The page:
After that first meeting, I regularly frequented Maywood’s library, checking for the new Guitar World. Eventually, they stopped stocking it. I figured they were on to my “borrowing” favored pictures and tablatures. I rationalized that they would eventually throw them out anyway. If anyone was committing a crime, it was them not me. Having no MTV to speak of, in the time when the M stood for music and not mediocrity, I relied on Fuzzy and the radio to fill me in. In a few months’ time, Fuzzy and I formed a band of more convenience than talent. Mark, Fuzzy’s neighbor, filled the rhythm-guitar section with a facsimile of Fuzzy’s Fender. Mark’s parents could apparently afford a more comfortable life than anyone I had known. I knew they were really well-off, when Mark informed me that he was receiving private guitar lessons. Art, the drummer, was already of some renowned in the small, Metal music circuit of Maywood and Bell. Fuzzy explained that Art had gotten most of his chops from being in several drum lines, which explained a lot. Looking at Art, one would peg him for more of a chess champ than one of the thunder gods gracing Fuzzy’s walls. I filled the role of vocalist, for no other reason than the fact that Fuzzy and I incessantly talked shop, comparing notes on the metaphors, images, and what-nots found in our favorite songs. Finally, there was Bobby Trevino on bass. It was at Bobby’s that our mission to conquer the music world began. He literally lived on the south side of the tracks; not that the south side was any more forgiving of bands’ ruckus, but his parents had a garage they were willing to let us use. When I walked into his room for the first time, even though we had known each other and had been in the same Homeroom since the sixth grade, I knew Bobby had been fed Rock from birth. I wondered why we had never gotten together before. When I saw his lifesize Jim Morrison poster on his door, I felt the fates had been openly keeping a gold mine from me. If I had hung around with Trevino since the sixth grade, my knowledge of Rock would not be as underfed. His room was no cliché. His home was no cliché. His parents were no cliché. They had bred him to be predisposed to rock, but, like Mark and me, he was also a beginner. As far as equipment went, mine and Trevino’s were the shabbiest. To clarify, I actually had nothing. Fuzzy had somehow obtained a Shure microphone, which I would use until I got my own, and Trevino’s dad loan us a wobbly mic stand—from the old days, I guessed. Needless to say, that first gathering was an exercise at trying to locate a pace at which we could all jam, which meant Fuzzy and Art had to slow way down. I felt like a lesser burden, since Fuzzy did not have to show me his riffs and changes like he did to Mark and Trevino. However, we soon realized there was no available amplification for my vocals, and I was made to scream the vocals Fuzzy and I had written earlier that week; then I just felt stupid. I figured these were the dues we all pay for Rock.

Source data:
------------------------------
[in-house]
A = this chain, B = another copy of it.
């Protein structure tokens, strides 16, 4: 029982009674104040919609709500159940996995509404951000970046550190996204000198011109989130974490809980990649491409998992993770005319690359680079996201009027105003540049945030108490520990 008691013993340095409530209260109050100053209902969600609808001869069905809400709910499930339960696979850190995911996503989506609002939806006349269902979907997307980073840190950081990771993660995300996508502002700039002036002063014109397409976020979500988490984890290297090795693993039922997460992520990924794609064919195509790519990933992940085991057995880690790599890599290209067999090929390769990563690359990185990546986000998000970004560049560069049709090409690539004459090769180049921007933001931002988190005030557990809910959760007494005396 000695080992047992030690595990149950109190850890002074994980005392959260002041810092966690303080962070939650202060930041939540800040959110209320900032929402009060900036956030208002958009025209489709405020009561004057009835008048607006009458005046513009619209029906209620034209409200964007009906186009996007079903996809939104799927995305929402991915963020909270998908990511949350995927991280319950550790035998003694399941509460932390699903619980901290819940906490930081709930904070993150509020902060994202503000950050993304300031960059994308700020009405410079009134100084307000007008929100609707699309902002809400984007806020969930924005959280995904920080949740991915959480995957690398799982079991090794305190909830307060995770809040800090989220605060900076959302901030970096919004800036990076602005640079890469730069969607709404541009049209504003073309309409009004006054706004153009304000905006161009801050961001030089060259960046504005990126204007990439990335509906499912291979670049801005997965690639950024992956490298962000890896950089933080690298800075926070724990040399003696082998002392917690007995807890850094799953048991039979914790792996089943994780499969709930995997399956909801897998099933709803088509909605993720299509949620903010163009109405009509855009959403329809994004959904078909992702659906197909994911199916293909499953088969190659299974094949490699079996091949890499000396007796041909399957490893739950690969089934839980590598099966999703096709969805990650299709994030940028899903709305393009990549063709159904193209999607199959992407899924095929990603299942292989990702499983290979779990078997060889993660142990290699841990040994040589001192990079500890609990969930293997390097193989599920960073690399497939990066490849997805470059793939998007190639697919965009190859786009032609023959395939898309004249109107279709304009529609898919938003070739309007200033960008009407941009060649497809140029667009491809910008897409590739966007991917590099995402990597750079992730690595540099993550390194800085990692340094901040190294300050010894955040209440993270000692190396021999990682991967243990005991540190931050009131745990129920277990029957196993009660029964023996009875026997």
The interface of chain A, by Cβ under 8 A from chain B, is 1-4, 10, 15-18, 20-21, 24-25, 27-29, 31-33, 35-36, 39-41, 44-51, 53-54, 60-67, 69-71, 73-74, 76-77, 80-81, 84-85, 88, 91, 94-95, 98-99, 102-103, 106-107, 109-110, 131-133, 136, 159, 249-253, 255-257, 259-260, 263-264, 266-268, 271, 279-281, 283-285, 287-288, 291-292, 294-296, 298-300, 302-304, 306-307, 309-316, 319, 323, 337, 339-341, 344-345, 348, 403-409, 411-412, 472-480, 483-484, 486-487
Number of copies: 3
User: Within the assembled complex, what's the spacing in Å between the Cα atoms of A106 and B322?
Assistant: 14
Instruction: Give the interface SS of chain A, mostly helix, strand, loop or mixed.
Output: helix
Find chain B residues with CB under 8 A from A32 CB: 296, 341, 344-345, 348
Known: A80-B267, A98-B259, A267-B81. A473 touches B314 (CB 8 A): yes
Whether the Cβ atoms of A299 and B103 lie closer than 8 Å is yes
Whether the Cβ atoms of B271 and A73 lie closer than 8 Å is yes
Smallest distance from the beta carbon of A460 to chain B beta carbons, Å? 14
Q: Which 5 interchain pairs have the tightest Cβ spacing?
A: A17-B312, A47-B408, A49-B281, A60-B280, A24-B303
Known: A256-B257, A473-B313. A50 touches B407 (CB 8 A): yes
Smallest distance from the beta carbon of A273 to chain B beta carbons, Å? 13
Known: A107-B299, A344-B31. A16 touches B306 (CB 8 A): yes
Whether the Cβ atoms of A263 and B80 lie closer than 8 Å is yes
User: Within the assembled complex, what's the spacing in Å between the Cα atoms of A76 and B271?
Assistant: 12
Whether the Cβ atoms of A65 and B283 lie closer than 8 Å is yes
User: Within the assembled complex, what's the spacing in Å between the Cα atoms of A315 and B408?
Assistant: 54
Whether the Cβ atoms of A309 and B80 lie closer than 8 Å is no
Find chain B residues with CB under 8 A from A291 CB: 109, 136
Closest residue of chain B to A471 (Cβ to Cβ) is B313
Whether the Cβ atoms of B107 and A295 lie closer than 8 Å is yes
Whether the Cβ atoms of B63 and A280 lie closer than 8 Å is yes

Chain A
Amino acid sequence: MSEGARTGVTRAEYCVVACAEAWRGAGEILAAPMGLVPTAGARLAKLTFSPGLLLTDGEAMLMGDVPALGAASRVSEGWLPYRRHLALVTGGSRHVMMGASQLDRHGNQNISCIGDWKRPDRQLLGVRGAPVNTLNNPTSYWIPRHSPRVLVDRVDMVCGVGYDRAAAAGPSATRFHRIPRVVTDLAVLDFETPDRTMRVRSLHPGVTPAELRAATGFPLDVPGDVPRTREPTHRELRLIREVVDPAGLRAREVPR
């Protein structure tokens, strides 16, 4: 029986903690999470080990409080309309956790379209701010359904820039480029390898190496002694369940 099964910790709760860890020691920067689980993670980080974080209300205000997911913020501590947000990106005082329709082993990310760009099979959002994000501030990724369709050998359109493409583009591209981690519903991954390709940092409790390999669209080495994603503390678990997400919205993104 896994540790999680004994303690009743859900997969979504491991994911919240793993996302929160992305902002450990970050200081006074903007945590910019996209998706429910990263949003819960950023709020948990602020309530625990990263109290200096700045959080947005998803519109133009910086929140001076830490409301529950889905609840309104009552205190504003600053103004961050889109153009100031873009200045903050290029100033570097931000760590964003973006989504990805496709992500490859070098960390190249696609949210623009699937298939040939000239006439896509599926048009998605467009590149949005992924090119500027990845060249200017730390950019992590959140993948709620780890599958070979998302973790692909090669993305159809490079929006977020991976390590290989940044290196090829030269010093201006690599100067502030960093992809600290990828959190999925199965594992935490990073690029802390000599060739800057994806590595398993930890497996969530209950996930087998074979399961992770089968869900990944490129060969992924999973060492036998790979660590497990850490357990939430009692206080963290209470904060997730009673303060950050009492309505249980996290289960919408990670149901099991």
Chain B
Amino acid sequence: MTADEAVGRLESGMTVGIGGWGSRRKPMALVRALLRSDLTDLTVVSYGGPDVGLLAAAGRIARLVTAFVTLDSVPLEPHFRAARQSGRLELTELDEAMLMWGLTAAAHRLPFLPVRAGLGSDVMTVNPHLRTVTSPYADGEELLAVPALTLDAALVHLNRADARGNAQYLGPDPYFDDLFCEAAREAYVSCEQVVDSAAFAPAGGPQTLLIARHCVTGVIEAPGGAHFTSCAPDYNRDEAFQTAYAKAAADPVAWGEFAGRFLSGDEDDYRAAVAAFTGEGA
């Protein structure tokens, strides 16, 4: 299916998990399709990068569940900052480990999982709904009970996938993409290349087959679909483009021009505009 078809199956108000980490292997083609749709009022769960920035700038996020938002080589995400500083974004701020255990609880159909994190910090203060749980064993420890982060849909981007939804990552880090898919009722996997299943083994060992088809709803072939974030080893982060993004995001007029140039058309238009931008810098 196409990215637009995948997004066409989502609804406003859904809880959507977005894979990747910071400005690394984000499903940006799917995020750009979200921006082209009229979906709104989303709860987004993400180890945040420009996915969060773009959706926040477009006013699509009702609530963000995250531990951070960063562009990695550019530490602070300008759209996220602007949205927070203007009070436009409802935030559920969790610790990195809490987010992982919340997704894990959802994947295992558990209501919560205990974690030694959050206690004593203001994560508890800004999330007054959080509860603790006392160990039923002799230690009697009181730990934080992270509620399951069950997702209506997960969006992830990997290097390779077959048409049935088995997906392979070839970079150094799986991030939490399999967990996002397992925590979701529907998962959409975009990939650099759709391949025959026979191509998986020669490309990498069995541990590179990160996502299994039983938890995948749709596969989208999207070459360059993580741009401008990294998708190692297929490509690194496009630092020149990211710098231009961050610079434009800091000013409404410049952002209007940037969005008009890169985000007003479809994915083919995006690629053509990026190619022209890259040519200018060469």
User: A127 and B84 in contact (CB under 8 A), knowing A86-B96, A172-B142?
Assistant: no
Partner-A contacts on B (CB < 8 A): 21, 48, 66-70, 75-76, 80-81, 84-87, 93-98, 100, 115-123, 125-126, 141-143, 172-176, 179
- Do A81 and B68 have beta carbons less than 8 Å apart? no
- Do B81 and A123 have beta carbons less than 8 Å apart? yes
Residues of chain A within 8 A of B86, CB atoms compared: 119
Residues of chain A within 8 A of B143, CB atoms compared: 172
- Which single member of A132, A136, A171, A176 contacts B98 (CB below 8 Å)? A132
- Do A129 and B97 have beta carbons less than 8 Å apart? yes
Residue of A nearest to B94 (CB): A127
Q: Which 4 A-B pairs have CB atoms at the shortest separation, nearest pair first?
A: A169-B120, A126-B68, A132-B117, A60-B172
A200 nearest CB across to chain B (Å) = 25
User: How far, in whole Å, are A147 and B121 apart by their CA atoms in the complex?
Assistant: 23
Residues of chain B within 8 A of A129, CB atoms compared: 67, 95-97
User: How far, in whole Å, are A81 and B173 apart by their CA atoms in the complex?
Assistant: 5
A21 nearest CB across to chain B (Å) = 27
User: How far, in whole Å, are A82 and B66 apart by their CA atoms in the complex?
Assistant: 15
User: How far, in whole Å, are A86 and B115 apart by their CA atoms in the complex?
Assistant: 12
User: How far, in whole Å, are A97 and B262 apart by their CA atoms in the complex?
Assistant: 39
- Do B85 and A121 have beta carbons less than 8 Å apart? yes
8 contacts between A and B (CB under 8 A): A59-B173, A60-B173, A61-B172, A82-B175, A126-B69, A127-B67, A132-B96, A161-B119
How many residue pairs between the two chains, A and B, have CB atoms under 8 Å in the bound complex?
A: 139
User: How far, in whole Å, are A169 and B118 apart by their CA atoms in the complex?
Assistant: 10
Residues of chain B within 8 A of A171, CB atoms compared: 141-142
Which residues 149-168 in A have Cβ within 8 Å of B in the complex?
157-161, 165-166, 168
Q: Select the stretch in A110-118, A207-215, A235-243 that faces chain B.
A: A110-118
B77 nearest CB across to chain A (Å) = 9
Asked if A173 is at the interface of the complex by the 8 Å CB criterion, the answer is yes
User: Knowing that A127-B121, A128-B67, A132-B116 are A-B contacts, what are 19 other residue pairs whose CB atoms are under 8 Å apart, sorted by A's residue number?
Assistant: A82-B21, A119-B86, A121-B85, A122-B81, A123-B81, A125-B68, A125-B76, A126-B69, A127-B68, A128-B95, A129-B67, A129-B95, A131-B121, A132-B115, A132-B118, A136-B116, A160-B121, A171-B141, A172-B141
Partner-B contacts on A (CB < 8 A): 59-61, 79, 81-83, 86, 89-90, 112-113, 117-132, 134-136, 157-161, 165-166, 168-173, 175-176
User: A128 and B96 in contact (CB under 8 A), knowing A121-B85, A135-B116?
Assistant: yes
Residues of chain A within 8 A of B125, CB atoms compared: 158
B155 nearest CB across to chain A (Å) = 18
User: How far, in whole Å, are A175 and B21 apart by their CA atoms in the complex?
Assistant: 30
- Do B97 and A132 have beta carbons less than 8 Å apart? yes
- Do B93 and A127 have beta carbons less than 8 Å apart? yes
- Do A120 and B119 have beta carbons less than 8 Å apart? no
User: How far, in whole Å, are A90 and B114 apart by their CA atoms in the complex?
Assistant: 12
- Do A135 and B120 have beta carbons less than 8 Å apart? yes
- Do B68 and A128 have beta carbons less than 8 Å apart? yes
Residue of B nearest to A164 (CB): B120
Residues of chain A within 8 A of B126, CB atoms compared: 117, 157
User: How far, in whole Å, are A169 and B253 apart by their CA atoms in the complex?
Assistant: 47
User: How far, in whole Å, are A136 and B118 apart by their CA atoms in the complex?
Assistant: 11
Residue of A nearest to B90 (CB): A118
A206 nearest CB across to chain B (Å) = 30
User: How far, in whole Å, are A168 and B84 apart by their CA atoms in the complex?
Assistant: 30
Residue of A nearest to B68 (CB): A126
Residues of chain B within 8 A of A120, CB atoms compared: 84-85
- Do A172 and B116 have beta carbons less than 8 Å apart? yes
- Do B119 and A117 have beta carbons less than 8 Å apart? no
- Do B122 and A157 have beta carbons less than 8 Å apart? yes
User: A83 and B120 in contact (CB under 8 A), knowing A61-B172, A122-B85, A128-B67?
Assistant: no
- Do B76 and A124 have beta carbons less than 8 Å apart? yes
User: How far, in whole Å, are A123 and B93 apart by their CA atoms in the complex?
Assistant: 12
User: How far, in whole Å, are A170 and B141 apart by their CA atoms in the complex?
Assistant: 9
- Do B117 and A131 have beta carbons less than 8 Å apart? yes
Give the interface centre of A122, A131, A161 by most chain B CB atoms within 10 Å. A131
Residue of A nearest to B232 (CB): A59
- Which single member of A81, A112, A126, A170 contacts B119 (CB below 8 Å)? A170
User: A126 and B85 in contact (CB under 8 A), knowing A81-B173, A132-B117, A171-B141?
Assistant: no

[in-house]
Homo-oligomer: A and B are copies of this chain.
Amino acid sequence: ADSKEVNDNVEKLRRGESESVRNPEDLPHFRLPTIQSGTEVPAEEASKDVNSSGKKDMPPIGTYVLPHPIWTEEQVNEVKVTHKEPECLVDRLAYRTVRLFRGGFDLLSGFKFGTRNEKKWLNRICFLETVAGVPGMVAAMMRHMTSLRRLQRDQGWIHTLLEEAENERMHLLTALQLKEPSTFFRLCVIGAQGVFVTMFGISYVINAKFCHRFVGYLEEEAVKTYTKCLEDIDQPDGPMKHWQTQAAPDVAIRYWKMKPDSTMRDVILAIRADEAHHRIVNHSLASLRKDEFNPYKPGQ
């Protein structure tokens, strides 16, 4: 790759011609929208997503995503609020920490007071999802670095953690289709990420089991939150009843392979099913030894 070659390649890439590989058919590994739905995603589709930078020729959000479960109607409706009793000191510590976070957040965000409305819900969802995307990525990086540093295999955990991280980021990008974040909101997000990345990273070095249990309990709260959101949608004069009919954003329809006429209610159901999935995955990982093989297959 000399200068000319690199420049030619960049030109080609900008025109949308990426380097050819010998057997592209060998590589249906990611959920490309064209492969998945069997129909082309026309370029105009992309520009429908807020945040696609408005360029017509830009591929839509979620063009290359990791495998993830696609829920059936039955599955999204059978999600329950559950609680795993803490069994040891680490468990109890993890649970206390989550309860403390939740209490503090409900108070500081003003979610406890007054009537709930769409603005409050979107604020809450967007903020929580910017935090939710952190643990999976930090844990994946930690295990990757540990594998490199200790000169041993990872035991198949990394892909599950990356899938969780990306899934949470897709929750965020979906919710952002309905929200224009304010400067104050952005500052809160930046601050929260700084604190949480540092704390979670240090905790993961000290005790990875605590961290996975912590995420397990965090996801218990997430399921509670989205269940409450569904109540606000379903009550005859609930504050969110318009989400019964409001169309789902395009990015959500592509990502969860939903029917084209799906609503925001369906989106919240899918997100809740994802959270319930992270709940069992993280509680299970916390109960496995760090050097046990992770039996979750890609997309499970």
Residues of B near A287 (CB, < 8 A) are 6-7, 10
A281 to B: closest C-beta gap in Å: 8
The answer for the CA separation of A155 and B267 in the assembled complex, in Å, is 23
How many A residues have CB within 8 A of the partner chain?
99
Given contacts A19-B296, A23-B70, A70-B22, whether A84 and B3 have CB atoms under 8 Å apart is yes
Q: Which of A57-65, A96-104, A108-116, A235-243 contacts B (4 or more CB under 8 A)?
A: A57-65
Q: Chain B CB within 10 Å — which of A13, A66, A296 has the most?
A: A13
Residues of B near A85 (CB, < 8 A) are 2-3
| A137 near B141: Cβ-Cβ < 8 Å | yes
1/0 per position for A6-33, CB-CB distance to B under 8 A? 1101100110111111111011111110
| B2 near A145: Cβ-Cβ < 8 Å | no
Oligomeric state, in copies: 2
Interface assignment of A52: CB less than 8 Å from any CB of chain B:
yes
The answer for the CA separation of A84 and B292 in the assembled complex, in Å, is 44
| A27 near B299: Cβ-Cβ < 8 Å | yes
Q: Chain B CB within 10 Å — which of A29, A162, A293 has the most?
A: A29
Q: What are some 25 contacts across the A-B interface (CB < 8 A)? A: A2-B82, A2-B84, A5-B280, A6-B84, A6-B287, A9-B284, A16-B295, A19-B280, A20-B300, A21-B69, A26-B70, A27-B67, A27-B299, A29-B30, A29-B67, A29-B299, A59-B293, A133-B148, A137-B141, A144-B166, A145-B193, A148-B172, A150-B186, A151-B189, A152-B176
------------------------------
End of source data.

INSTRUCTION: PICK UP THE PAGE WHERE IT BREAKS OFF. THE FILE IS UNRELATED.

During a break, while Trevino went to get us some drinks, Mark, Fuzzy, and Art poked fun at Trevino’s Bender (that’s Bender not Fender) bass. “What a dumb fuck,” Art said. Maybe it was the way Fuzzy and Mark’s Fenders hung around them like machine guns on foreign soldiers looting a third-world country, or the way the borrowed microphone hung lifelessly on the wobbly mic stand that prompted me to tell Art, “Shut the fuck up.” Accordingly, he asked, “What’d you say?” rising from his throne. Feeling like some generic John Wayne knock-off, I repeated myself, adding that, unlike his drums, I would beat him back. This, in addition to Fuzzy and Mark’s snickering, let him know I had the advantage of higher grounds, and he would not win. A few months passed since I had abandoned them that day at Trevino’s, when he told me they had decided to drop him for another bassist. Inevitably, time passed. Every now and then, I heard they were playing backyard gigs here and there—the Maywood/Bell Metal circuit. Eventually, Fuzzy moved out east to the Inland Empire somewhere, at the beginning of the tenth grade. Mark transferred to another high school, around the same time. I rarely encountered Art, for my remaining time at Bell High, but Trevino and I ran with nearly the same herd, which is to say we shared the same general area during the two meal periods and some of the same classes. His slightly slouched walk was unmistakable, down any hallway, empty or otherwise. I was sometimes the butt of some of his lame pranks, leaving me irritated but knowing he meant well. At our last encounter, graduation, we joked that we were doing so with lowest honors. Then, a month ago, I heard he killed himself somewhere in Oregon. I was unable to express how this “passing acquaintance” left a hole in me, so I started writing.u
Across this crystalline city, this monument to our hatred of time, we exchange emptinesses, bored by unbearable beauty. I met a man who sells second-hand tourniquets to Gideons and gutterpunks. His emblem is the centipede. Another man sleeps on a pallet in a warehouse, dreaming of electric lions drinking from a watering hole that crackles and sparks. His radio, tuned to static, tells him what God wants. A woman stands in doorways, humming and holding out shoeboxes full of bones. Once, she said, she dreamed she had a secret name but couldn’t remember what it was. From his sidewalk pulpit, a toothless prophet cries, “The city is against us!” In their language of glass and corners, these buildings plot our demise. They will win: we will let them. Let it be today. Don’t live in a grotesque-looking house At the bottom of a valley With all doors in straight lines Above all, don’t dream in a legless bed Right under a chandelier However exquisite Or you would be haunted by a devil
Roger Bernard Smith
Iâ€™m the guy sitting in the Malibu Coffee Shop on 23rd St. between Broadway & 7th. Avenue close enough to Madison Square Park to catch the shadow from the Flatiron Building at 10:30 in the morning once daylight savings time was kicked to the curb Iâ€™m the tall guy with shoulder length hair glasses wide-brimmed hat chin scars numb ears sitting for two hours eating eggs rye toast strawberry jelly ordering two cups of coffee at a time one for the woman who left me months ago